While Jesus was teaching and healing in Judea, some Pharisees tried to trap Jesus by asking Him a loaded question about marriage and the Law of Moses. Jesus’ response caused the disciples to conclude that “it is better not to marry” (Matthew 19:10).
The Pharisees, trying to trap Jesus in a dilemma, asked Him whether it was lawful to divorce a wife for any reason (Matthew 19:3). They were trying to get Jesus to contradict Moses so they could brand Jesus as a false teacher. Of course, Jesus shrewdly responded by answering them with Scripture. Jesus reminded them that humanity was created male and female and that marriage was God’s joining of the man and woman into one flesh; thus, no person could actually separate what God had united (Matthew 19:4–6). Jesus appealed to the design of marriage, implying that divorce was a violation of that design.
The Pharisees thought Jesus had taken the bait, and they questioned further why Moses allowed for divorce (Matthew 19:7). Jesus’ answer was perhaps not what they expected. Jesus explained that Moses’ allowance of divorce was a concession because of the people’s hardness of heart, but divorce was never what was designed (Matthew 19:8). Jesus further explained that, if one divorces for any reason other than immorality (or unfaithfulness) and marries someone else, then he or she is committing adultery (Matthew 19:9). Matthew did not record the Pharisees’ response, but the disciples concluded that it is better not to marry (Matthew 19:10).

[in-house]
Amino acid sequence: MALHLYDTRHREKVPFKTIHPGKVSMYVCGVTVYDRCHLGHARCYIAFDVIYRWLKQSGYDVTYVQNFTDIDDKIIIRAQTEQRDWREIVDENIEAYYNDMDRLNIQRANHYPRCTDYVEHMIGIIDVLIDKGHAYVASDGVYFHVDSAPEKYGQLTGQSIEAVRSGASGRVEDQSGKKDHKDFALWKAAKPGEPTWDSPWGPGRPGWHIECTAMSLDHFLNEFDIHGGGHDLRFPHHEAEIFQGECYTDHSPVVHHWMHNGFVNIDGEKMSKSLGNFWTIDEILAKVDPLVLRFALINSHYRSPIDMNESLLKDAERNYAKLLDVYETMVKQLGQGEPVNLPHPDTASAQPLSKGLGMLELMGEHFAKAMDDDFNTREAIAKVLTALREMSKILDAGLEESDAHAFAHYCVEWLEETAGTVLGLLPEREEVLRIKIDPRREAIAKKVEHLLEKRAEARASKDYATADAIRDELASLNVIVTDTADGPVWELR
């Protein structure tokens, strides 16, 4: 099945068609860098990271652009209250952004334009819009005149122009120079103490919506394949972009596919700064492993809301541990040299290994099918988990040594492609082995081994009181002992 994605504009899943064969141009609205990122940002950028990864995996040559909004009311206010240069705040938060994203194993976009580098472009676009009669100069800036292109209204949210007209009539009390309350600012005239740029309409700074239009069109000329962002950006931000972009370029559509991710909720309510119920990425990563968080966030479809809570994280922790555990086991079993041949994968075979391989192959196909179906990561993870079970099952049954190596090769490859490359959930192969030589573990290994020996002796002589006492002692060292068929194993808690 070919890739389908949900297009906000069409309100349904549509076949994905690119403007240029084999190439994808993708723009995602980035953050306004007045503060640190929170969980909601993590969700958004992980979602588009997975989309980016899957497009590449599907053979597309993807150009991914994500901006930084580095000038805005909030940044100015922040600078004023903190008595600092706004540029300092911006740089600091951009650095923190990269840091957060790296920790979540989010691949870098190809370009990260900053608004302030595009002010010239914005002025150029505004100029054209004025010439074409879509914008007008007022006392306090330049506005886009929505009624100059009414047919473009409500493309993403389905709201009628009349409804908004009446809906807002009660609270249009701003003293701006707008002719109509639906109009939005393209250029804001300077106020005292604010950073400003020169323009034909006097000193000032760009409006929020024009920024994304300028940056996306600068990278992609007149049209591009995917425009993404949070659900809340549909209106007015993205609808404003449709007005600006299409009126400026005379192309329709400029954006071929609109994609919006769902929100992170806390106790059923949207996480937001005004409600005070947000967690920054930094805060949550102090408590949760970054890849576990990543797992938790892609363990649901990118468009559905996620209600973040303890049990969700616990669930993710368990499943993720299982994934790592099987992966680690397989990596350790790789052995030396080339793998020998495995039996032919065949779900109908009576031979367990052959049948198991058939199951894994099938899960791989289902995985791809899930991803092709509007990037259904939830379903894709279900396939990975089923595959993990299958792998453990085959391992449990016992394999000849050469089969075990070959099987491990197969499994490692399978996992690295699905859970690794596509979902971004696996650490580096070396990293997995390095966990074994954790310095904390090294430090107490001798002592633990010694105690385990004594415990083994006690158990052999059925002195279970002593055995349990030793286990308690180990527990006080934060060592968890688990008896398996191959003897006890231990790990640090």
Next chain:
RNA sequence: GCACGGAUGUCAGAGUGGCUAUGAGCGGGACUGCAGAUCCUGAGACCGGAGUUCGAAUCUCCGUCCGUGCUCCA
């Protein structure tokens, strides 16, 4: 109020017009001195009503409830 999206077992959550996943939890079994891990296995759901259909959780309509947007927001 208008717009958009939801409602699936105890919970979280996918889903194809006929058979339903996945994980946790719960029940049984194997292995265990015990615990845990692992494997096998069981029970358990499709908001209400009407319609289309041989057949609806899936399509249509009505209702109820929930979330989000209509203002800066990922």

Jesus communicated that God’s standard is high. Those who are married become one flesh and are united by God in a unique way. Only unfaithfulness by one partner could warrant the other partner’s divorce and remarriage—and even that was a concession. Divorce was not the ideal and was not to be considered the guaranteed privilege of disgruntled men. The disciples, accustomed to the notion that divorce should be easy, shrank back from the idea of being stuck in an unpleasant marriage. According to Jesus’ teaching, a man who is displeased with his wife has no way out, and the disciples conclude it would be better not to marry than risk a life of unhappiness.
In answering the Pharisees’ question, Jesus reiterated the seriousness of the marriage relationship as God has joined the husband and wife. That union was also affirmed by the married persons by their covenant with each other. To violate the covenant would be treachery (see Malachi 2:14–16). This is why the disciples conclude that it is better not to marry. They understood from Jesus’ words that the marital commitment is a serious responsibility. Divorce was legally permitted for almost any reason, but Jesus explained that the husband had a weighty obligation no matter how easy it might be to legally divorce his wife.
Paul later explains in Ephesians 5:22–27 that the husband is to love his wife fully and unconditionally (illustrating Christ’s sacrificial love for the church), and the wife is to subject herself to her own husband (illustrating the church’s response to Christ). These unconditional responsibilities are incredibly serious and should not be undertaken lightly. Just as the disciples conclude that it is better not to marry, it would be wise for those pondering marriage to recognize how important marriage is to God and how He designed it to be a lifelong commitment. Perhaps some might also conclude that it is better not to marry.